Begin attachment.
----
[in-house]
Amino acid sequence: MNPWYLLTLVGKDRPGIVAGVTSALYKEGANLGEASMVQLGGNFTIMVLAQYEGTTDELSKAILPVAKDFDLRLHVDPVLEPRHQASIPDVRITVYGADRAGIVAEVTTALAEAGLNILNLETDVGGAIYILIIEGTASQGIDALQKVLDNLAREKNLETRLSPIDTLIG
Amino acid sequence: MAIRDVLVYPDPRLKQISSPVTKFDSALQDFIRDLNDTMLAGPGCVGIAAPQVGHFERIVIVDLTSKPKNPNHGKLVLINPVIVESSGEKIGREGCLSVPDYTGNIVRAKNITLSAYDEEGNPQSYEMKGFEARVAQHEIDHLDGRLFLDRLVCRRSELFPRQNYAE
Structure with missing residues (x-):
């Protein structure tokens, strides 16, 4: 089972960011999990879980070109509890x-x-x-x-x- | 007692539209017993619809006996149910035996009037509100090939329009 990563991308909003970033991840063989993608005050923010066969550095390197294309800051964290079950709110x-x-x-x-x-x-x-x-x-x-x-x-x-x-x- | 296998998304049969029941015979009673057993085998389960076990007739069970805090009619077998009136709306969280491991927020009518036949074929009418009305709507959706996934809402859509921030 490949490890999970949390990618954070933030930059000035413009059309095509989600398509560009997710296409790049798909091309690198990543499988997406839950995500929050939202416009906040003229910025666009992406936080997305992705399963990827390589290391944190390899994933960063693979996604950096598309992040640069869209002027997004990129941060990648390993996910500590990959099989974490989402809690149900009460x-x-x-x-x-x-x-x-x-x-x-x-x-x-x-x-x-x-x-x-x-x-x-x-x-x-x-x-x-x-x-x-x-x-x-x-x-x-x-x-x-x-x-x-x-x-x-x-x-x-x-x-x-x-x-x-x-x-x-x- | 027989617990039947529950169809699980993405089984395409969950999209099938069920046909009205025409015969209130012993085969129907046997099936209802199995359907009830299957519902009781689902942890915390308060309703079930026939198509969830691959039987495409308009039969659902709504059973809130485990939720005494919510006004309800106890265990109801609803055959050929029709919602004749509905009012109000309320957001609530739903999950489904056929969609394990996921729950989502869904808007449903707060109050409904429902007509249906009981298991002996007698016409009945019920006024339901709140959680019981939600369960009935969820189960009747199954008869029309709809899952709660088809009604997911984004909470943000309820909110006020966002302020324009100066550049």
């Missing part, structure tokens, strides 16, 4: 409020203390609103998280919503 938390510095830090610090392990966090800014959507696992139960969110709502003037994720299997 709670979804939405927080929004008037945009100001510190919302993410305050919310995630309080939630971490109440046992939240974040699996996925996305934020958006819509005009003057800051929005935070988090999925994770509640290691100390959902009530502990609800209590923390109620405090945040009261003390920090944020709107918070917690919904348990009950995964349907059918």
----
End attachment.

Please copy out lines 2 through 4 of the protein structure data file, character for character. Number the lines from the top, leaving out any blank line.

Amino acid sequence: MNPWYLLTLVGKDRPGIVAGVTSALYKEGANLGEASMVQLGGNFTIMVLAQYEGTTDELSKAILPVAKDFDLRLHVDPVLEPRHQASIPDVRITVYGADRAGIVAEVTTALAEAGLNILNLETDVGGAIYILIIEGTASQGIDALQKVLDNLAREKNLETRLSPIDTLIG
Amino acid sequence: MAIRDVLVYPDPRLKQISSPVTKFDSALQDFIRDLNDTMLAGPGCVGIAAPQVGHFERIVIVDLTSKPKNPNHGKLVLINPVIVESSGEKIGREGCLSVPDYTGNIVRAKNITLSAYDEEGNPQSYEMKGFEARVAQHEIDHLDGRLFLDRLVCRRSELFPRQNYAE
Structure with missing residues (x-):